Adult-Me does not blame the bee. It was innocently cruising for pollen when an enormous pinkish monster descended from the heavens and crushed it into the lawn. Despite minimal chance of survival, it put up a defiant last stand. It was pretty much Gandalf facing down the Balrog.

Adult-Me can respect that. Adult-Me knows bees are important. She fishes drowning bees out of swimming pools, plants bee-friendly flowers, and has lived with a hive of angry bees in her backyard for over two weeks so a proper beekeeper could take them to a new home instead of having pest-control kill them immediately.

Child-Me had a different perspective.

Me, wearing a mesh hood-mask filled with bees. Like the "NOT THE BEES!" Nick Cage scene.

I screamed until another kid showed up, and then I made him save me from the bee. It had already torn its stinger out and doomed itself thanks to one of nature’s crueler design flaws, but I wanted vengeance against my nemesis. Children are tiny, self-righteous super-villains, and I made sure that bee ended up as paste.

Child me is standing over a crushed be. The sky is red and yellow, it's all very evil and dramatic. I am wearing a super-villain helmet and saying: "My enemies are nothing but bare feet in the dard, and I am the Lego block they will break themselves on! I will chew up the world and smear it under the desk of the universe!"

Then I went to the teacher to show her the sting.

I hold up my hand with a sting on it to the teachers. The teacher says "Oh, a bee sting" (she does not seem impressed)

It was the incorrect response. I was, clearly, a hero who had narrowly escaped death, and I should definitely get to go home for the rest of the day so I could be nursed back to health while eating ice cream. The teacher was not convinced. I was allowed to go to the sick room and get a band aid, but that was it.

And that’s why, a few weeks later, I drew the bees.

I got chosen to go to a drawing session with an Actual Illustrator of Actual Picture Books. The Actual Illustrator talked to us about capturing the characteristics of a subject, and then gave us some pencils and paper and told us to try drawing something bold and fierce and monstrous.

My time had come to right a grave injustice.

The original bee drawing has, unfortunately, been lost to history. Nevertheless, I have drawn a reconstruction from memory. I think I really captured the oeuvre of my six-year-old self, which I would characterise as overly preoccupied with fitting in the right number of legs.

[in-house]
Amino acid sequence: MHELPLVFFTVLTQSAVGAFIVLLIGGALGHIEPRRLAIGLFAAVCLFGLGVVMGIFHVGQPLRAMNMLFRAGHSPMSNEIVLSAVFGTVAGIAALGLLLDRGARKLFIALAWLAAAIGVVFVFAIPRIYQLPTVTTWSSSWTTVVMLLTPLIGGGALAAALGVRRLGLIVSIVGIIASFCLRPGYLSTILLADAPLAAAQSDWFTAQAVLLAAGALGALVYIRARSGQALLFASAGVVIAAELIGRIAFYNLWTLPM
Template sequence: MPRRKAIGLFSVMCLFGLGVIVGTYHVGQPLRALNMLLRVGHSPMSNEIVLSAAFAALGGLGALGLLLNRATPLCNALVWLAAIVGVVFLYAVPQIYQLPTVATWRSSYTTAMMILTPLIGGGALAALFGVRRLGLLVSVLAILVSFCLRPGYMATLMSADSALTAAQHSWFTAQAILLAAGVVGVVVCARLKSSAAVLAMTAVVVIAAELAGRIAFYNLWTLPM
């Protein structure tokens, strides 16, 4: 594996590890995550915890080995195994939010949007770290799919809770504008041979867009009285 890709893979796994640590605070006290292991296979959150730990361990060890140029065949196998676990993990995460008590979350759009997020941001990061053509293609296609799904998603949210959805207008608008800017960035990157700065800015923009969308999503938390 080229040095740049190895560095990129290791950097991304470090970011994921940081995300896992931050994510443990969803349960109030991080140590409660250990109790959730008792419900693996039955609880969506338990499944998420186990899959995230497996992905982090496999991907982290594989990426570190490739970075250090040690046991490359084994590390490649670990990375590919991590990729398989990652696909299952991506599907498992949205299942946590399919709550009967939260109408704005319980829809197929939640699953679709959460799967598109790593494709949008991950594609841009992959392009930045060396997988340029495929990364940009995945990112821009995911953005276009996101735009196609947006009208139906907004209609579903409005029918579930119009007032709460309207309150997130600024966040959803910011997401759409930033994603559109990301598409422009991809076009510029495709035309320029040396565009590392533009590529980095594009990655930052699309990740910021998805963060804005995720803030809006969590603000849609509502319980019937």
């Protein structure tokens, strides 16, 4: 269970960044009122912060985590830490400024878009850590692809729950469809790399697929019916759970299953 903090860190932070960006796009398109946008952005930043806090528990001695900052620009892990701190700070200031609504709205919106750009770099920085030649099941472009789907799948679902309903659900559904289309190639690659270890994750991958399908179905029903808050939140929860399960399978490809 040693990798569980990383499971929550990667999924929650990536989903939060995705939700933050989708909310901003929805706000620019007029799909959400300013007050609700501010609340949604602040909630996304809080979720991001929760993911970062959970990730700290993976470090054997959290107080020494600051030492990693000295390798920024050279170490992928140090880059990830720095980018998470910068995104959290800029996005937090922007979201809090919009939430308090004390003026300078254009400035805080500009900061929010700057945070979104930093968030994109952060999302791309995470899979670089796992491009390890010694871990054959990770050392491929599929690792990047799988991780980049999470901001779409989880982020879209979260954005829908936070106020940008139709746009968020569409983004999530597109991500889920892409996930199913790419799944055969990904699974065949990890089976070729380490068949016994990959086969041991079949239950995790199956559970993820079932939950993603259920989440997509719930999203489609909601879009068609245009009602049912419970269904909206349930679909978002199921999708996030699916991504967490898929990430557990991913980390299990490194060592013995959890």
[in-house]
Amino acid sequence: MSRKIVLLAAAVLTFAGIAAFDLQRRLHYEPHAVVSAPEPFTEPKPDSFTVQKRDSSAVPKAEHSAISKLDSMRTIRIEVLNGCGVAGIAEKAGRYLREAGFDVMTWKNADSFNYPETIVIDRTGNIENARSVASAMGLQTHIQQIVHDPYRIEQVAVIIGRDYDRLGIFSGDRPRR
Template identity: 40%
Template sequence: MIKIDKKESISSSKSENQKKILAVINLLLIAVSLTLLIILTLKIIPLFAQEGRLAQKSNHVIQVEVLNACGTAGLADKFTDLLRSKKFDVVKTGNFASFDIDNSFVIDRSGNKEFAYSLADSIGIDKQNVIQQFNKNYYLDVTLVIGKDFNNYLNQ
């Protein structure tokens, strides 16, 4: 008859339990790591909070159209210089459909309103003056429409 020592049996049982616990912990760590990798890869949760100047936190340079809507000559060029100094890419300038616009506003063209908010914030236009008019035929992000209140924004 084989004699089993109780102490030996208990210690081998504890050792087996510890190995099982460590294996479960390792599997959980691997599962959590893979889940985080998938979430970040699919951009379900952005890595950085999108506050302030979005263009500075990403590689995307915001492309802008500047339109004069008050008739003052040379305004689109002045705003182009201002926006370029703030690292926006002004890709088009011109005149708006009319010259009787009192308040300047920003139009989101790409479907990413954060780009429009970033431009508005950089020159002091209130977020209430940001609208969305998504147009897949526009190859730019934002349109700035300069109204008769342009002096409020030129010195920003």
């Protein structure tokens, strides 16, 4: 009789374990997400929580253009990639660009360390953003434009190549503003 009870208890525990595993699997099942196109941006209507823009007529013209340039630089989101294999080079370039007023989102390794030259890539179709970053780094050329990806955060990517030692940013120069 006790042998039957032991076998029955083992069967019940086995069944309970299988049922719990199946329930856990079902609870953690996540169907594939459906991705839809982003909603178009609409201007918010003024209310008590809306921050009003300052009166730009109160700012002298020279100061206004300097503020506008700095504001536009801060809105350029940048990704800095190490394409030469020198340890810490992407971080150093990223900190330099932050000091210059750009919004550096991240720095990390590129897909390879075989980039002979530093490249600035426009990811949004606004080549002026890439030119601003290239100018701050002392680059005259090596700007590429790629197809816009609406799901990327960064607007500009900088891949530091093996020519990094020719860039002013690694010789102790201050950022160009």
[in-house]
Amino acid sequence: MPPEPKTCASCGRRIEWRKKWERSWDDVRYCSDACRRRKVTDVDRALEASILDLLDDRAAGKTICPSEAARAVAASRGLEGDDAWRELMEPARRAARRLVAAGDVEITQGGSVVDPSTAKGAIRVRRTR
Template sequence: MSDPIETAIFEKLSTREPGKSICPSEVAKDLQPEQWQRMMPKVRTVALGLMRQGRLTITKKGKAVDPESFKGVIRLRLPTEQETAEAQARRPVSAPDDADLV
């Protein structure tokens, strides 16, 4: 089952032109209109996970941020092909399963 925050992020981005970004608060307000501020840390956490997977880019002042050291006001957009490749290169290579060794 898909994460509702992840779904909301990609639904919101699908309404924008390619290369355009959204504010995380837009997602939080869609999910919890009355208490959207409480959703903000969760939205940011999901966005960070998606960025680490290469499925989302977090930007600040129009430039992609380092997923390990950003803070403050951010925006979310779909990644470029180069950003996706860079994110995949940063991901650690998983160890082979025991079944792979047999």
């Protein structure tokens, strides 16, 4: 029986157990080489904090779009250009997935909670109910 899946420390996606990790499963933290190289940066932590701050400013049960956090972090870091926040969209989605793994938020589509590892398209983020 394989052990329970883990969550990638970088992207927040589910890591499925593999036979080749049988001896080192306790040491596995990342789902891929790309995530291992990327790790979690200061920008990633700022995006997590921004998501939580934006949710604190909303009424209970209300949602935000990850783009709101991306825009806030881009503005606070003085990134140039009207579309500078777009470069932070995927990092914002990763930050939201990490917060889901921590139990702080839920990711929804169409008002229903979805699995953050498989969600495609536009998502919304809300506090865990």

Some wonky bees. They each have six legs, although there is barely space for them.

When I showed the Actual Illustrator my bold, fierce and monstrous bees, I watched his face very carefully. I knew there would be a moment of enlightenment in which he would see bees as I saw them. He would understand the trauma I had endured. He would celebrate my heroic fight with the bee. He would tell everyone in the room about my amazing drawing.

But that moment didn’t come.

Child-me holds up my bee drawing. The Actual Illustrator says, "Oh. Hah! Bees? That's not really-- You know what? Good job"

Worse, I could read the truth on his face.

Close up of the Actual Illustrators face. Instead of features, it has the words "Your bees are not good enough"

And the Actual Illustrator went off to admire some older kid’s drawing of a friendly monster. A friendly monster. A monster who was not bold or fierce, like my bees.

The Actual Illustrator is giving a thumbs up to a kid holding up a drawing of a friendly mosnter. In the background, I am wearing my super villain helmet and radiating fire-coloured rage.

But all of that—the certainty, the confidence, the self-righteousness—must end at six, because I don’t remember ever feeling like that again.

There’s a thing called Impostor Syndrome.

It looks a lot like modesty, but if modesty was dosed with nuclear radiation and went rampaging through downtown Tokyo. It’s when you struggle to process your achievements, downplaying them as good luck, just regular hard work, or not important compared with your failures. It’s when, deep down, you can’t believe you deserve success or recognition or even compliments, and that other people think you do just proves there’s been some big misunderstanding. It makes you feel like an impostor, and you live in fear that Scooby-Doo is about to show up, rip your rubber mask off, and reveal the fraud underneath.